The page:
Hands on: Huawei P40 Pro brings souped-up cameras

March 29th, 2020 | by Wilson Wong
Hands on: Huawei P40 Pro brings souped-up cameras
Cellphones
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The Huawei P40 Pro in Silver Frost. PHOTO: Handout

With the coronavirus pandemic in the backdrop and the American-Chinese trade war still unresolved, there couldn’t have been a tougher time to launch the Huawei P40 Pro.

Yet the show must go on, so the Chinese company’s latest flagship arrived in Singapore this week with the sleek design and high-end hardware that are expected of the top-end model.

Like the predecessors, you get a powerful Kirin processor to power everything on the phone. In the P40 Pro, there’s a Kirin 990 chip with 8GB of RAM and 256GB of storage space.

Despite the ample storage space, Huawei offers an external storage option albeit with its own proprietary Nano Memory (NM) card. Using this option will also mean you can only use a single SIM card, a bummer for trips overseas if two SIM cards are needed.

The P40 Pro supports an eSIM while letting you pop in an NM card and a second SIM card. PHOTO: Handout

The answer could be in e-SIMs, electronic SIM cards that don’t need physical cards, that the P40 Pro supports. This would free up one slot for travellers.

Like competitors such as Samsung, Huawei has decided to add 5G to its P40 phones. In Singapore, however, 5G licences are yet to be given out and networks are still some way off, so buying a 5G phone now is a bit premature.

The phone’s back is the highlight for the P40 Pro. With the silver colour and texturised glass, the phone has a frosty appearance that exudes class. It feels nice to the touch and my fingerprints are not seen so easily. PHOTO: Wilson Wong

The new P series certainly look with the screen curving around all the four sides of the device. The P40 Pro will still be using glass, unlike the higher-end P40 Pro+’s ceramic back.

During a media launch in Singapore this week, I could hold on to the 209g phone quite easily, thanks to the small 72.6mm girth of the phone. It helps to have some grip provided by the matte-finish glass back.

With all four sides of the screen curved, the P40 Pro sports a clean look. Finally, the notch housing the selfie camera is gone, replaced replaced by a fairly large punch hole. On the whole, the Full HD+ OLED screen running at 90Hz is pleasing to the eye. PHOTO: Wilson Wong

At the front, the 6.58-inch Full HD+ (2,640 x 1,200 pixels) OLED screen runs at 90Hz, providing a smoother transition between home screen pages.

At the top left corner of the screen are two punch holes for the front-facing 32-megapixel main camera and an infra-red depth camera to be used for face unlock and bokeh effects.

Like previous Huawei flagships, the famed Leica camera system is the focus of the new P series smartphones.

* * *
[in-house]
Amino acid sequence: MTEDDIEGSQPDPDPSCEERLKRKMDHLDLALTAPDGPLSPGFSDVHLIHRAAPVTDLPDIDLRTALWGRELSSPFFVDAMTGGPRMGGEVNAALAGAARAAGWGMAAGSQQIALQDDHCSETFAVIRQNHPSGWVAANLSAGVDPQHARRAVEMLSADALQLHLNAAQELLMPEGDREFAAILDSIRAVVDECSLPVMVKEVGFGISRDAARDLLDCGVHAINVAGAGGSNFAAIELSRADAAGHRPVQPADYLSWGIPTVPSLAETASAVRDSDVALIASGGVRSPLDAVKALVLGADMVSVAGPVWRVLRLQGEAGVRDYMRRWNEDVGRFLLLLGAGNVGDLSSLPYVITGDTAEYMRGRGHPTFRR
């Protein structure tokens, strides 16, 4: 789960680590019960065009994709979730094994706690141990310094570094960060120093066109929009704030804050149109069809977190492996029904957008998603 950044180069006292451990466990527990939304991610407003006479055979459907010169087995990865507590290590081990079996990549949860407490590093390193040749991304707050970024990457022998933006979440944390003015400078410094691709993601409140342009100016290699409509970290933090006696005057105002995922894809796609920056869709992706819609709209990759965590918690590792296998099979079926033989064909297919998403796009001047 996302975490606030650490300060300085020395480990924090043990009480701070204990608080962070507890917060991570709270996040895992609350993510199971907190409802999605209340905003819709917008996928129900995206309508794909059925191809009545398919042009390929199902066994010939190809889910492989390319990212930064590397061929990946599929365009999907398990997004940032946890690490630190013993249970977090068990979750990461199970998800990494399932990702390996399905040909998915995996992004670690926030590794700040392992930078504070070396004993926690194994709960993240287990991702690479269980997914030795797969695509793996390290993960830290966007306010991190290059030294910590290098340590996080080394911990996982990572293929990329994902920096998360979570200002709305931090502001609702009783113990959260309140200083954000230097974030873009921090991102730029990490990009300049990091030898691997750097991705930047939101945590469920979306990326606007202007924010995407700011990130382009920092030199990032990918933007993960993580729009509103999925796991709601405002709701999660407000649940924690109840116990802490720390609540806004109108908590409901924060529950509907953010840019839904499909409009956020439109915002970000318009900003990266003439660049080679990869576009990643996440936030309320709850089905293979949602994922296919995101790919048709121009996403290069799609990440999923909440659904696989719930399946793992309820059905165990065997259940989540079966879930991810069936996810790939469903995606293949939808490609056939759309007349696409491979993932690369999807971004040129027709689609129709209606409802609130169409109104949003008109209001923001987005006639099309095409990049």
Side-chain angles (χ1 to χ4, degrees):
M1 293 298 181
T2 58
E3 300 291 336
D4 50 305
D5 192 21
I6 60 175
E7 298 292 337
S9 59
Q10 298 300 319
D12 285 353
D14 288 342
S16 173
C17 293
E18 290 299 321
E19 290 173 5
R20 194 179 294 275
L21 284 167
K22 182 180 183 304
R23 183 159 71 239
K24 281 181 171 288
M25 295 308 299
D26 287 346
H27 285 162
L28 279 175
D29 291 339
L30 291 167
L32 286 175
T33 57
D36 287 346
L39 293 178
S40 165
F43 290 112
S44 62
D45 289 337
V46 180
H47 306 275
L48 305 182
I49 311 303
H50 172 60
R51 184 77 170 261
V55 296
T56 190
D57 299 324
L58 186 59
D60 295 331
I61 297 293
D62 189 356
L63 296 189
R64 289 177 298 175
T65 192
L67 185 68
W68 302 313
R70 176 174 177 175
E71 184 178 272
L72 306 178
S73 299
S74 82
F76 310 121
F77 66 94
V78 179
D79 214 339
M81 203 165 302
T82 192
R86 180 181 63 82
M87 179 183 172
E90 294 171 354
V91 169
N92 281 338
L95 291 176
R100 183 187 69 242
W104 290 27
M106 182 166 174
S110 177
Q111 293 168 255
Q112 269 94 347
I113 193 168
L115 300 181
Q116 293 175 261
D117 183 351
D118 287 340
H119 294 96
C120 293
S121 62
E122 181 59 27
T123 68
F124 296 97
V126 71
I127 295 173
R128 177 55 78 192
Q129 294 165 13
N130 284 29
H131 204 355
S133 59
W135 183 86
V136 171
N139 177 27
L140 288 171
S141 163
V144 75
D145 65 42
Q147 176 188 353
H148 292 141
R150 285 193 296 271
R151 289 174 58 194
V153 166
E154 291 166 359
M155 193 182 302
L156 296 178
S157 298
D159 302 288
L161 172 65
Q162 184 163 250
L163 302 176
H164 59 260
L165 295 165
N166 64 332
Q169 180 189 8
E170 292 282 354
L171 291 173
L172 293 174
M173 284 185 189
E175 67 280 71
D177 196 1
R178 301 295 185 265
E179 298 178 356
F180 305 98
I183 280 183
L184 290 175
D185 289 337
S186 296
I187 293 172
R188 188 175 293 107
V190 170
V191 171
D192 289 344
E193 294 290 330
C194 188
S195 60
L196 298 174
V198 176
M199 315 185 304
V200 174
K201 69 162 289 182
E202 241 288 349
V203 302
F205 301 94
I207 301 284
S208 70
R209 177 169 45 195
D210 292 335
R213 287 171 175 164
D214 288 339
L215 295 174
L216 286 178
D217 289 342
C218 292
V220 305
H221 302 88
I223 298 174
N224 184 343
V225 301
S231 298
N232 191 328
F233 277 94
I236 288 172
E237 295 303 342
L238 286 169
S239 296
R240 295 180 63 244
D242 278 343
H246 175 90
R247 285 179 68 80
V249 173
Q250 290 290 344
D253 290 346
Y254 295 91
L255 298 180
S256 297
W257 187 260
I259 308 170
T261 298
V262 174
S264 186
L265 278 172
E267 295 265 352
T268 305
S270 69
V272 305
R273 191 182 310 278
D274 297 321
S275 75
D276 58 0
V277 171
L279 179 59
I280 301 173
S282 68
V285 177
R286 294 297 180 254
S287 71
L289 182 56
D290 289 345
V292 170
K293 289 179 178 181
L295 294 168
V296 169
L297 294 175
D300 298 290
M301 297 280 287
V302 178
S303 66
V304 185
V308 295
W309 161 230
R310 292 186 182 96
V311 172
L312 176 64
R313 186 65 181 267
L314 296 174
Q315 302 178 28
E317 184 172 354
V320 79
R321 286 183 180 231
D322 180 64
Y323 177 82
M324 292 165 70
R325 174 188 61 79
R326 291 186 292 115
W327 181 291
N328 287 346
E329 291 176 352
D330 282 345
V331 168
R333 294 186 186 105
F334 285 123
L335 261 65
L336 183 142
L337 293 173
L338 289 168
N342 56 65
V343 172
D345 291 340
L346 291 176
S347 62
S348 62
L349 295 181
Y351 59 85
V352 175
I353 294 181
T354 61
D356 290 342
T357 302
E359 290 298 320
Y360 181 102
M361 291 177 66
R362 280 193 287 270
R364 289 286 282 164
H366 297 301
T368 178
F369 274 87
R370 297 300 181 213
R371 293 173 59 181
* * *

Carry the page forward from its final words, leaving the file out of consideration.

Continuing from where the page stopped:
There are now four sub camera systems housing a huge 50-megapixel camera for wide-angle shots, a 40-megapixel camera for ultrawide-angle shots and a 12-megapixel 5x optical zoom camera. Separately, a Time-of-Flight camera is also included for depth-sensing purposes for bokeh effects.

The P40 Pro comes with a 5x telephoto zoom lens, a wide-angle lens and an ultrawide-angle lens. It is an upgrade from the P30 Pro with its bigger sensors and more image resolution. PHOTO: Wilson Wong

What of the P40 Pro’s zoom capabilities? There’s a 5x optical zoom, 10x hybrid zoom and up to 50x digital zoom which is the same as the P30 Pro from last year.

The P40 Pro is still a significant upgrade with bigger sensors and more image resolution. To maintain some image quality, I will recommend stopping at the hybrid zoom range.

Although the Huawei P40 Pro’s sensor does not have as many megapixels as the Samsung Galaxy S20 Ultra’s 108 megapixels, having a larger sensor size that is very close to the 1-inch sensor of the Sony RX100 Mark VII does help with more accurate light capture.

The P40 Pro also employs the use of Pixel Binning, using 4 sensor photo-sites to capture the data for 1 pixel in the image. This promises better low-light shots.

At ultrawide-angle setting, there is good dynamic range with good sharpness and colour. PHOTO: Wilson Wong
This is the optical 5x Zoom. Details are still holding very well. PHOTO: Wilson Wong
At 10x hybrid zoom, there is no visible degradation to the image until you zoom in and see the painted effect but it is still suitable for sharing on social media. PHOTO: Wilson Wong
Even with bigger sensors, relying on digital zoom to produce good image quality is a huge ask. Then again, I can make out the time from the clock tower. PHOTO: Wilson Wong

With the hardware getting a lot of upgrades, Huawei has also introduced a few software enhancements to boost performance.

One of them, called XD Fusion Image Engine, takes all the RAW image data from the cameras to process into one single image.

It will take into account the subjects in frame, such as a face or a landmark and apply the appropriate sharpening, colour, detail or even bokeh effect, depending on the settings on the cameras.